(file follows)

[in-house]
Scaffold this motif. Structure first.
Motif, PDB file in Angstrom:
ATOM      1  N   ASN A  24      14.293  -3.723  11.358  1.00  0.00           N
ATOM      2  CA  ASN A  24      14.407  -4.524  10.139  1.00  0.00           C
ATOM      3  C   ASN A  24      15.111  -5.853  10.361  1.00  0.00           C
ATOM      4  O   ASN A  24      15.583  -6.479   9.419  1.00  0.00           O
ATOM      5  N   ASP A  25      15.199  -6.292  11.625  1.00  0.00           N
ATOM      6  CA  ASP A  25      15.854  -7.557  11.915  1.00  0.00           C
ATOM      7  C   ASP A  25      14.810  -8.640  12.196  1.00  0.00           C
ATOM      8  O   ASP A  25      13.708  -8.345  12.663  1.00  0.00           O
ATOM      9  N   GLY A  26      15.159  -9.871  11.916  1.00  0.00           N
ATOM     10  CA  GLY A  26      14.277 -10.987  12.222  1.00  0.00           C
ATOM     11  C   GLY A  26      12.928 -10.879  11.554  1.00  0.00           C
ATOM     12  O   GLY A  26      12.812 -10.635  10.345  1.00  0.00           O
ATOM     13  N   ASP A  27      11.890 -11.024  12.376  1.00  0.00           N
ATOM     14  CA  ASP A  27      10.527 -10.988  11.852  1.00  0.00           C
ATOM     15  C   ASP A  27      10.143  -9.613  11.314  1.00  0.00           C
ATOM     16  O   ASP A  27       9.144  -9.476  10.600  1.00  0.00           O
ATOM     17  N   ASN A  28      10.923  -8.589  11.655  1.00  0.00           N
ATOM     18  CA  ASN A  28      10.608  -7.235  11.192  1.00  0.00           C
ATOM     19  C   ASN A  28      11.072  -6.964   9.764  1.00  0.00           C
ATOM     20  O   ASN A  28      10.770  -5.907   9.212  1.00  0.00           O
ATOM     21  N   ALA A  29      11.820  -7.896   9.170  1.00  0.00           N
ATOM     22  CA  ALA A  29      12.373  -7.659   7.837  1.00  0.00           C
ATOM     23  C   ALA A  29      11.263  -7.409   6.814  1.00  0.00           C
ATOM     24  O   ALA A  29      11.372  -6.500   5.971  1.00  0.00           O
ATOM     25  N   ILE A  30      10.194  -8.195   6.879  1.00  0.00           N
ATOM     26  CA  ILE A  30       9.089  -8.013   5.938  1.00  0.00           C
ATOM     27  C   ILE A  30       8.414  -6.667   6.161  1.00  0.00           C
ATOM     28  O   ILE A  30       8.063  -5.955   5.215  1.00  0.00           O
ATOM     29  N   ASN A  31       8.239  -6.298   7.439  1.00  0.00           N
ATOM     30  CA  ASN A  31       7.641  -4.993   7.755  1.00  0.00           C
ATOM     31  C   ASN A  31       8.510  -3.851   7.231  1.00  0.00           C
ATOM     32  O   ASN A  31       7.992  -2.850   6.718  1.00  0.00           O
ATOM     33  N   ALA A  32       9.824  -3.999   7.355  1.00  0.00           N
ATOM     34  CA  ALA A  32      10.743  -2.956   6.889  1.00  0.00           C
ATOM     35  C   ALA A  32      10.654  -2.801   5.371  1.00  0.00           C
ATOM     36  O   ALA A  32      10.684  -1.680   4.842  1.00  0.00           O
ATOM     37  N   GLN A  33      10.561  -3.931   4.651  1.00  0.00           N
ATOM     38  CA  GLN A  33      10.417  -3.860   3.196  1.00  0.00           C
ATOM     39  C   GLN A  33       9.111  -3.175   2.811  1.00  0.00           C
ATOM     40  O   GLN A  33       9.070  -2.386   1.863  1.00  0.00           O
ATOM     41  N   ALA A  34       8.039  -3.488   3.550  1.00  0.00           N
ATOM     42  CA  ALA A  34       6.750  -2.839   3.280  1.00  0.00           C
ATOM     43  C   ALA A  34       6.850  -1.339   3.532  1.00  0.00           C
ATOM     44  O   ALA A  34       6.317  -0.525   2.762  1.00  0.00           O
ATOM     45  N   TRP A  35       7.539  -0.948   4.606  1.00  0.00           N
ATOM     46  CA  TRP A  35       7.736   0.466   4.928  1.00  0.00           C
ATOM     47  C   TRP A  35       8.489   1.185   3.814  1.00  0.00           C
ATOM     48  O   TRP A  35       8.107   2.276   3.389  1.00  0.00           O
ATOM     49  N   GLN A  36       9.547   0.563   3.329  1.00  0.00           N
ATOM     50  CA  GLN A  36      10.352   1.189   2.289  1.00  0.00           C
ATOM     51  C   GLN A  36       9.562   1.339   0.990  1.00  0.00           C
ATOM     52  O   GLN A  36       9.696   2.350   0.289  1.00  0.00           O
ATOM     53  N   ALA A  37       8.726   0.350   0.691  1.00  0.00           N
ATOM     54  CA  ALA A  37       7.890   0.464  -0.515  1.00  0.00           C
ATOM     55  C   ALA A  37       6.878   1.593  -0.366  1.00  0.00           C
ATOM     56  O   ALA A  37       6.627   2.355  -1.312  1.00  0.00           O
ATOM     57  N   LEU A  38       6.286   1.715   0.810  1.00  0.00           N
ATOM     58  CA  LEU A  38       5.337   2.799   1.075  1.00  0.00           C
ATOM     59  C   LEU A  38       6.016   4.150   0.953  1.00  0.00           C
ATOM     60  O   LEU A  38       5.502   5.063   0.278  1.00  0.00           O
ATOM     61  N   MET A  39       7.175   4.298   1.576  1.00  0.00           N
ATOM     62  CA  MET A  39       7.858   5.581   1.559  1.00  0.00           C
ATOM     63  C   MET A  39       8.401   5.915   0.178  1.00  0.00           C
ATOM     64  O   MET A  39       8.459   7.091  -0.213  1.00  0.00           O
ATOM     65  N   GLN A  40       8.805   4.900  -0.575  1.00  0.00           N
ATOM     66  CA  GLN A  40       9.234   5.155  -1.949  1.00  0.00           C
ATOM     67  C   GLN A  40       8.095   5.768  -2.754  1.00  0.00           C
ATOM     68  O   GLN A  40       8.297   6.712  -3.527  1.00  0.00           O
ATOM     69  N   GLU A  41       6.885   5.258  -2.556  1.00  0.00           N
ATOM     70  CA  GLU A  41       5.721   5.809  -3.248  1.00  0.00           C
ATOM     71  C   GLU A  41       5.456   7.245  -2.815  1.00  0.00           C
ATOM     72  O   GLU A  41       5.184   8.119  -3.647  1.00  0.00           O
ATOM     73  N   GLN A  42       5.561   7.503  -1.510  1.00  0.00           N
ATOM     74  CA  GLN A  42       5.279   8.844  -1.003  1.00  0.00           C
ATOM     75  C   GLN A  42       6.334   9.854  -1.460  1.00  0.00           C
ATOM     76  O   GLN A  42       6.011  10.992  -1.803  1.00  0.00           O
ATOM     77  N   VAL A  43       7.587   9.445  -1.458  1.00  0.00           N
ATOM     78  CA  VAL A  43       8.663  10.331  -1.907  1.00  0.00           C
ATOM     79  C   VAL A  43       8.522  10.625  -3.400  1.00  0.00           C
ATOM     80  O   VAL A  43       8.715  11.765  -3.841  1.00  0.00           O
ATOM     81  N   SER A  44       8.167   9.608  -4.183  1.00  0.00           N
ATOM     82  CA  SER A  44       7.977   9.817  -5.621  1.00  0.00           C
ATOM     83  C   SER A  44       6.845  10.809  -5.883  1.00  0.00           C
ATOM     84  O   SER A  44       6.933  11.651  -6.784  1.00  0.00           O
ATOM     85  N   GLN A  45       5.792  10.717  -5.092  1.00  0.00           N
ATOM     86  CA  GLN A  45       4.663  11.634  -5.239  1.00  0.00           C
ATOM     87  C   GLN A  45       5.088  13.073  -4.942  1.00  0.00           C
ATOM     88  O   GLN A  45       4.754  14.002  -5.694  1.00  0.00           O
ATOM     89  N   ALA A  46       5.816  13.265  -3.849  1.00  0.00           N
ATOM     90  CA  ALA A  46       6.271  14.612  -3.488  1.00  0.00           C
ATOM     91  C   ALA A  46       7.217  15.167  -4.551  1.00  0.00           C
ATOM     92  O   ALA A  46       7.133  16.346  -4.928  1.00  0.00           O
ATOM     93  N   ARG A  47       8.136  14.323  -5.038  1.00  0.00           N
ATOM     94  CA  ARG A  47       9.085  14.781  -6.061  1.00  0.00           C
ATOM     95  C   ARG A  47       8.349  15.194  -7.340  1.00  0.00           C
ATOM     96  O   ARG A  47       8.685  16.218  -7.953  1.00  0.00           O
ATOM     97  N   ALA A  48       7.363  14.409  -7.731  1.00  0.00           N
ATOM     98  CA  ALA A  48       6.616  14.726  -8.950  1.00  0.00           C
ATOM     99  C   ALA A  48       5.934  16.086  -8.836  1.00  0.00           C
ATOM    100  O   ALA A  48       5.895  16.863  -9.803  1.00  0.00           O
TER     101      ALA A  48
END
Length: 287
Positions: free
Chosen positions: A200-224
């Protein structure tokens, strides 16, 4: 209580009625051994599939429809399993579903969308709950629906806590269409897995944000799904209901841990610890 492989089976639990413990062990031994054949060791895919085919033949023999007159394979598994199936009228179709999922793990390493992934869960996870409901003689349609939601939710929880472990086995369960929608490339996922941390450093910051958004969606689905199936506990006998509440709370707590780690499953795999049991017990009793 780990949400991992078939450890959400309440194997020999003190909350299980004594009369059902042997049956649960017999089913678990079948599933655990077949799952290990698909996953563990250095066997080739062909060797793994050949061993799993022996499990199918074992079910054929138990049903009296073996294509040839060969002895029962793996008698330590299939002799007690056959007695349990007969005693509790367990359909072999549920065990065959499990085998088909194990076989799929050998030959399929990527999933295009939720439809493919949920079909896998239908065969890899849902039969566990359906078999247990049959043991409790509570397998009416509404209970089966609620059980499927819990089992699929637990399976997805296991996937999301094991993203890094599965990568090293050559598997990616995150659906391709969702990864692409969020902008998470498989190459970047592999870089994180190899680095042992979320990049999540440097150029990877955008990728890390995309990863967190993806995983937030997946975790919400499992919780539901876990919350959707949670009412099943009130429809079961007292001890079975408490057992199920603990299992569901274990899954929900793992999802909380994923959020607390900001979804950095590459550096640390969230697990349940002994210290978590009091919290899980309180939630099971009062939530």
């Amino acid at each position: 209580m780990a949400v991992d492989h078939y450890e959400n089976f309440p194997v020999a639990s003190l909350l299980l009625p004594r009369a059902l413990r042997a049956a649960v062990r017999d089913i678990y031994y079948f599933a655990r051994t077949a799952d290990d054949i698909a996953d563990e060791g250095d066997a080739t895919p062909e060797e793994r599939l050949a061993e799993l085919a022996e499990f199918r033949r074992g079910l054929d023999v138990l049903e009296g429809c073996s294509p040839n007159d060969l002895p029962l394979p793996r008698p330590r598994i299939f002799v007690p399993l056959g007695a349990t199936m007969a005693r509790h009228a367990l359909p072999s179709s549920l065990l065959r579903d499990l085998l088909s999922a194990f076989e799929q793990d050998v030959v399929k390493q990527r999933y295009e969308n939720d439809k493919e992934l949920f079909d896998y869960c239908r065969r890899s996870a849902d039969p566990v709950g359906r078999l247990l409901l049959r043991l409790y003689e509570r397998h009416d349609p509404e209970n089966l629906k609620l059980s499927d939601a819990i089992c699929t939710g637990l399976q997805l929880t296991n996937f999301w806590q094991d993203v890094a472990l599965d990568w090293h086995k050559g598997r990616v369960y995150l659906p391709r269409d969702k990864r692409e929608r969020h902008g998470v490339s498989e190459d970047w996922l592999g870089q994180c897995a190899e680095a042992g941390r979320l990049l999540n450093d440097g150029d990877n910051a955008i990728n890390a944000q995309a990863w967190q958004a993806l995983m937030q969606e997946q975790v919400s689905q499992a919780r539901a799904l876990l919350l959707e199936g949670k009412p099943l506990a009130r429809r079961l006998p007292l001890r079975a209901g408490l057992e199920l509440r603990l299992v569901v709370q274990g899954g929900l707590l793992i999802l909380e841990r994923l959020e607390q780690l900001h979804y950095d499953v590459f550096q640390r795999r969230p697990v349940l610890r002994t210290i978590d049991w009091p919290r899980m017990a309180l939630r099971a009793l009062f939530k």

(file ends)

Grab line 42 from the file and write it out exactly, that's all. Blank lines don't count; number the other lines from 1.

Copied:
ATOM     39  C   GLN A  33       9.111  -3.175   2.811  1.00  0.00           C